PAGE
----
For the fourth year in a row, a comprehensive infrastructure funding reform bill has been introduced in Kentucky, with the centerpiece being a gas tax increase of 8.6 cents per gallon (cpg). Like many states, Kentucky faces a backlog of road maintenance and construction projects, and existing transportation taxes and user fees are failing to keep pace with funding needs.
As introduced, House Bill 561 would increase Kentucky’s gas tax from 26 to 34.6 cpg, indexed annually for inflation. The bill would also create a new electric vehicle highway user fee of $150 (adjusted annually along with inflation adjustments to the gas tax) and an annual highway preservation fee of $35 or $40 for noncommercial hybrid vehicles, depending on fuel efficiency. Additionally, this bill would increase select other highway user fees, including license plate renewal fees, which would increase from $11.50 to $22 for passenger vehicles and from $9 to $15 for motorcycles.
As of this writing, a fiscal note for House Bill 561 is not publicly available, but similar proposals introduced in the past would have generated approximately $500 million in additional revenue for the Road Fund. As 2021 is an off-budget year for Kentucky, this year’s 30-day legislative session must adjourn by March 30, and any tax or spending increases will require a three-fifths supermajority in both chambers in order to pass.
Currently, Kentucky’s gas and license taxes generate enough revenue to cover only 38.3 percent of state and local road spending needs. One reason for this is the value of the gas tax has eroded over time as rate increases have failed to keep pace with inflation.
When Kentucky became the fifth state to adopt a gas tax in 1920, the tax was 1 cpg. Today, the state-levied gas tax is 9 percent of the average wholesale price of gas, which amounts to 26 cpg (including excise taxes of 24.6 cpg and a 1.4 cpg tax for underground fuel storage). Kentucky’s statutory gas tax rate has been raised infrequently during its century in existence, and the tax is not indexed for inflation. As a result, the gas tax has lost much of its value over time. Today, Kentucky’s gas tax has half the buying power it had in 1968 and only one-quarter of what it had at its peak.
Another factor contributing to Kentucky’s gas tax erosion is that the Bluegrass State is one of only 11 states tying its gas tax rate to the price of gas. Under Kentucky’s variable-rate gas tax structure, the state adjusts its gas tax on a quarterly basis according to changes in the average wholesale price (AWP) of gas. When gas prices fall, so does the state’s gas tax rate. When gas prices rise, the tax rate rises, but it is capped such that it may not increase by more than 10 percent per year.
Some argue tying tax rates to the price of gas helps gas taxes keep pace with inflation, but inflation is just one small factor impacting gas prices. The price of oil is notoriously volatile, with gas prices constantly fluctuating based on changes in supply and demand, weather, geopolitics, and a variety of other factors. As such, when gas prices drop, Kentucky’s gas tax rate and collections also fall, and the Road Fund takes an unexpected hit. This issue came to the forefront when gas prices fell sharply in 2015, bringing Kentucky’s gas tax rate down by about 6.5 cpg between 2015 and 2016. To prevent the tax rate from dropping further, Kentucky lawmakers in 2015 adopted a tax “floor” of 26 cpg, where the gas tax currently stands.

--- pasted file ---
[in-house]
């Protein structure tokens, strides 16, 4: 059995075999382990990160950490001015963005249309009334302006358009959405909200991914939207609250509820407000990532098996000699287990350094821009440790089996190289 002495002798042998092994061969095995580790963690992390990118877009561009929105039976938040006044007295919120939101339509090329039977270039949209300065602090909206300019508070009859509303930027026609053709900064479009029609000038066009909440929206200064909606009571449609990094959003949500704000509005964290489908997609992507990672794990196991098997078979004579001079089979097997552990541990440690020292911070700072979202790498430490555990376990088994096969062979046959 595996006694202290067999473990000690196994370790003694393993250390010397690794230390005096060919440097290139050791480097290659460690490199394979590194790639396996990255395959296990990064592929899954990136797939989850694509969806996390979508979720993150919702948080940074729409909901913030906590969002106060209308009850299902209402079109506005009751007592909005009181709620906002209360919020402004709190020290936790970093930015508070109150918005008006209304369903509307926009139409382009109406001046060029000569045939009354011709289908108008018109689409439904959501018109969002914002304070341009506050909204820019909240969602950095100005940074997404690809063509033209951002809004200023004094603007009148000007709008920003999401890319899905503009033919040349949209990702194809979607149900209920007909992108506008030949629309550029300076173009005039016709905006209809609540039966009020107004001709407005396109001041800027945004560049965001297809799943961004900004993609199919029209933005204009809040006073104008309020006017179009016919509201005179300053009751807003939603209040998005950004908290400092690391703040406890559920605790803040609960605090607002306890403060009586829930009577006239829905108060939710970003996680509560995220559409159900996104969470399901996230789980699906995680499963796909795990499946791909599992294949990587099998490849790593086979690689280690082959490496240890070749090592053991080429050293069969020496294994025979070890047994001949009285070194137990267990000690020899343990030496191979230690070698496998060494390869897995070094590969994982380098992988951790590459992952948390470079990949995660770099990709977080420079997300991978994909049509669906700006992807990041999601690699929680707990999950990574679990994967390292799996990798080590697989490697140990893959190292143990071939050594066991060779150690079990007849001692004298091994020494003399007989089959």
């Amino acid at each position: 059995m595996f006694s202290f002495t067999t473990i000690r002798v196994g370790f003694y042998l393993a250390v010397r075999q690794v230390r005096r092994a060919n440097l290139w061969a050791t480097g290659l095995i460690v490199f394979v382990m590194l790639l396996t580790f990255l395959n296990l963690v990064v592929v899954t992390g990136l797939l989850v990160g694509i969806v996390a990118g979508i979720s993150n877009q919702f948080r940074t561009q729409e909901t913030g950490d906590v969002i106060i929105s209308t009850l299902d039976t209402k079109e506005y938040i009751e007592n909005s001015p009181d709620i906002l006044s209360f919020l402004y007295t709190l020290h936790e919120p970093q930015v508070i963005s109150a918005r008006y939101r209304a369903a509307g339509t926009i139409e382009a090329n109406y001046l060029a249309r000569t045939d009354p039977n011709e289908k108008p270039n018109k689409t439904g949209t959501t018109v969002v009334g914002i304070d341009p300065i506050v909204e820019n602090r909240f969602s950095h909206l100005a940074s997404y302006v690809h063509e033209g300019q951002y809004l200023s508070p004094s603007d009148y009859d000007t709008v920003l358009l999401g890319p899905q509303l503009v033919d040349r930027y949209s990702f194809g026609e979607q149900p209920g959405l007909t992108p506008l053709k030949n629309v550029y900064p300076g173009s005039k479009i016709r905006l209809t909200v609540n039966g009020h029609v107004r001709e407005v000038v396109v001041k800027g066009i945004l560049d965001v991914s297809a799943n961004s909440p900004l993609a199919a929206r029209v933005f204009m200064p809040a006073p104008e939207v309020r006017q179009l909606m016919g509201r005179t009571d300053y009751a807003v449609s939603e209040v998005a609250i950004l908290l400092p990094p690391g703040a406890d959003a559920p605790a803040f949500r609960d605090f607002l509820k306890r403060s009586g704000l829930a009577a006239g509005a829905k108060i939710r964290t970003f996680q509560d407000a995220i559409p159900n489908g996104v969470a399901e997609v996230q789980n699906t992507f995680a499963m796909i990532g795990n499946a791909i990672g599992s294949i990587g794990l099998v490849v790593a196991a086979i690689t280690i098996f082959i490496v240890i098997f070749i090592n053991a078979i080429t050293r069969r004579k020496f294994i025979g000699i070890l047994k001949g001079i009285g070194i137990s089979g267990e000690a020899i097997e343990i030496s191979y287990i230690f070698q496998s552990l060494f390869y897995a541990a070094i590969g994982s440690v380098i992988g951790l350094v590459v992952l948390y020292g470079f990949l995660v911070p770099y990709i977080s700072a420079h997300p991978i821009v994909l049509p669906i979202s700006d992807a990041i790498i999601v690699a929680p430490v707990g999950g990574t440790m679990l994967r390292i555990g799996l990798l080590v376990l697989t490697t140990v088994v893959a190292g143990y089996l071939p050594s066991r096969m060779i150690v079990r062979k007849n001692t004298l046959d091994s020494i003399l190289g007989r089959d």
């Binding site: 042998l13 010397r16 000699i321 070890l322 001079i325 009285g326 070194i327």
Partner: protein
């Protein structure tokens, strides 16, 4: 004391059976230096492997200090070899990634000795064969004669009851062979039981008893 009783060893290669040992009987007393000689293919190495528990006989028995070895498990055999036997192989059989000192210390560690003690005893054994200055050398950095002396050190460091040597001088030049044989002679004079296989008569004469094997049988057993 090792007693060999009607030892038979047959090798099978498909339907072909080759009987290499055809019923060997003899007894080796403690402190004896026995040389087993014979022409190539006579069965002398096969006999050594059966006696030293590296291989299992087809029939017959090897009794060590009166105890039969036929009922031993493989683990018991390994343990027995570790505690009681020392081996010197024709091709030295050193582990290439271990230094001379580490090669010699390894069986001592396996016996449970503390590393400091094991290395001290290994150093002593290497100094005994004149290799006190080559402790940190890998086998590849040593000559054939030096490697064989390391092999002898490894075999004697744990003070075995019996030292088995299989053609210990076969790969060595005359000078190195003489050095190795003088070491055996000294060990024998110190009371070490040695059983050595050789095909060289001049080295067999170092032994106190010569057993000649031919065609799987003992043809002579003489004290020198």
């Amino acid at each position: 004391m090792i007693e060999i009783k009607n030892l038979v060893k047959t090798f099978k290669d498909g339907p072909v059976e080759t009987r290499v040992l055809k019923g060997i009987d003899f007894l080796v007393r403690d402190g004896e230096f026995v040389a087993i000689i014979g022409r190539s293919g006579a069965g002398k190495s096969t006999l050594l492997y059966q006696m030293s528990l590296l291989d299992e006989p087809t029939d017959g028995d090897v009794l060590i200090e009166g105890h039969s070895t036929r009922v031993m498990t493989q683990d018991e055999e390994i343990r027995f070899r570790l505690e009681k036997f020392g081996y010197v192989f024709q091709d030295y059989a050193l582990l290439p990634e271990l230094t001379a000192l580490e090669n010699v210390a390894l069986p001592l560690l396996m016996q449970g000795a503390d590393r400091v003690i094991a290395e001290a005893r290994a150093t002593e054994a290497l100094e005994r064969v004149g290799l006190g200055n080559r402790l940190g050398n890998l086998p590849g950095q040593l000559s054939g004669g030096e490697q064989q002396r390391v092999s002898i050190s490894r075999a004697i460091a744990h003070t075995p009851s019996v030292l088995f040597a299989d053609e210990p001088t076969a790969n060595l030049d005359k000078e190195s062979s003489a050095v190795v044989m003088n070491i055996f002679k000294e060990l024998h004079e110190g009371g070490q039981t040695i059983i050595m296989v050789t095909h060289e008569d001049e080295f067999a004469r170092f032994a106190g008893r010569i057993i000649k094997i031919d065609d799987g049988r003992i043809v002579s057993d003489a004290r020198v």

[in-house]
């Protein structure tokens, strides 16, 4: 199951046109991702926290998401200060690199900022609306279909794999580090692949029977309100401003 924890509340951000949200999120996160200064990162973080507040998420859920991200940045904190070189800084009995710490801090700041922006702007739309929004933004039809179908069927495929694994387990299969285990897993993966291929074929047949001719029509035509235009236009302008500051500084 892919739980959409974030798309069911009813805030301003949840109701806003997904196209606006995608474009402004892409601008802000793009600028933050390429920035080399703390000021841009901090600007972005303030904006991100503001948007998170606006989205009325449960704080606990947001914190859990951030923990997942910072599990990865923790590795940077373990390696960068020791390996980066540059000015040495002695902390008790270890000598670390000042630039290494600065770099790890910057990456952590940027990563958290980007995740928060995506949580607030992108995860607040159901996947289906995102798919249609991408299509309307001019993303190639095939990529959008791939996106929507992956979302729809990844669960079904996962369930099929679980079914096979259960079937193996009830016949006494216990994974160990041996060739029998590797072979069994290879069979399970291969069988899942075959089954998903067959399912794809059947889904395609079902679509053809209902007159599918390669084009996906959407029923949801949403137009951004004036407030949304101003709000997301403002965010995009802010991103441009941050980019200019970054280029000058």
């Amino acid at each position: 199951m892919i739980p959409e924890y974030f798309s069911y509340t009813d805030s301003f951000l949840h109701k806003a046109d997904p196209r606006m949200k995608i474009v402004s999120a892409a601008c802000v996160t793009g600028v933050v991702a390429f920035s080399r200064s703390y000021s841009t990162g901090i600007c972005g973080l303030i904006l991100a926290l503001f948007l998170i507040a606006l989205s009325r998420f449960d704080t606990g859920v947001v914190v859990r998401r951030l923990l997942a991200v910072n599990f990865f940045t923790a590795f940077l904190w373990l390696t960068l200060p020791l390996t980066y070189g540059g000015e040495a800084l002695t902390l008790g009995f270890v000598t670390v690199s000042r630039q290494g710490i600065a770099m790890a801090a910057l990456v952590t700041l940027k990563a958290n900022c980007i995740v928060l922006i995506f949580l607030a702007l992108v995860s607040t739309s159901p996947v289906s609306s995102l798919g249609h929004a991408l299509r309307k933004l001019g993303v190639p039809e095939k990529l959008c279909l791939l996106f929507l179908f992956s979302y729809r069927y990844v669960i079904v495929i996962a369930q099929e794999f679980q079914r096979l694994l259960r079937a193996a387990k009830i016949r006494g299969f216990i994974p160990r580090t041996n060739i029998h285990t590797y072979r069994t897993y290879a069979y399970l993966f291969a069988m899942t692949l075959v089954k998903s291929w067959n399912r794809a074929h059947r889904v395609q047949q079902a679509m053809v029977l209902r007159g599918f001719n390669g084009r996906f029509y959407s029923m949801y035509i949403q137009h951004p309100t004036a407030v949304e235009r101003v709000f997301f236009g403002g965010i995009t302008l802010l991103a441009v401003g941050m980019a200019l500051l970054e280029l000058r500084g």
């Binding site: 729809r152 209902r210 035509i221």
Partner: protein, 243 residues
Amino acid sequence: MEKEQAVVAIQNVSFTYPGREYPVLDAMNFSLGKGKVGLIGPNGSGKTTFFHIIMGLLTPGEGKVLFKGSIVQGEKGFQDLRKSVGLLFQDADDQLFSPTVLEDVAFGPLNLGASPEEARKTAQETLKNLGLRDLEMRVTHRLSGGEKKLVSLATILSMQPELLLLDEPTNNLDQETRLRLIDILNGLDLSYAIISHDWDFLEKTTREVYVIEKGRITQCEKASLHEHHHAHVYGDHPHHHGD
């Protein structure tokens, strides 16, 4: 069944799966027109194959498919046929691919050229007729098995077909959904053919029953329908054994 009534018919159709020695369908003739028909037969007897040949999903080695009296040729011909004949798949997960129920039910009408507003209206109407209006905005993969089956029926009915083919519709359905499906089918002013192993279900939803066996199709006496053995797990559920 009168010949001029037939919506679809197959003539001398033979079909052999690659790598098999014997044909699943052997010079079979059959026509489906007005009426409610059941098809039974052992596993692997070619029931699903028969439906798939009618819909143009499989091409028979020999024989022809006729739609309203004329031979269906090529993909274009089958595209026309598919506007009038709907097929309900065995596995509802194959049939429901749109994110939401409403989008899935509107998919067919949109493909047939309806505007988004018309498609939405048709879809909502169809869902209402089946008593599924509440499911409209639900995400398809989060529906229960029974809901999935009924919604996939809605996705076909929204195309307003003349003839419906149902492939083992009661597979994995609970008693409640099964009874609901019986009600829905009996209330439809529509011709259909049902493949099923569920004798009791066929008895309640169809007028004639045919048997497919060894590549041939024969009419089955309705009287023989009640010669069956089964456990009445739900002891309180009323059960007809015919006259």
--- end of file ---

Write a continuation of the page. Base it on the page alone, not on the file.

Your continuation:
Variable-rate gas taxes not only make gas tax collections more volatile but also weaken the link between road usage and taxes paid. Generally speaking, gas taxes, tolls, and other similar transportation user taxes and fees adhere relatively well to the benefit principle, or the idea in public finance that taxes paid should relate to benefits received. Variable-rate gas taxes, however, inject a new variable into the mix: the wholesale price of gas. This weakens the relationship between taxes paid and benefits received, as drivers end up contributing less to the Road Fund not because they drove less, but because the wholesale price of gas fell.
Before Kentucky’s 2021 legislative session ends this month, policymakers have the chance to consider increasing the gas tax rate to help recoup a small fraction of the buying power it has lost over time, and to index the tax for inflation to make it a more reliable source of infrastructure funding in the future.
Was this page helpful to you?
The Tax Foundation works hard to provide insightful tax policy analysis. Our work depends on support from members of the public like you. Would you consider contributing to our work?
Share This Article!
Let us know how we can better serve you!
We work hard to make our analysis as useful as possible. Would you consider telling us more about how we can do better?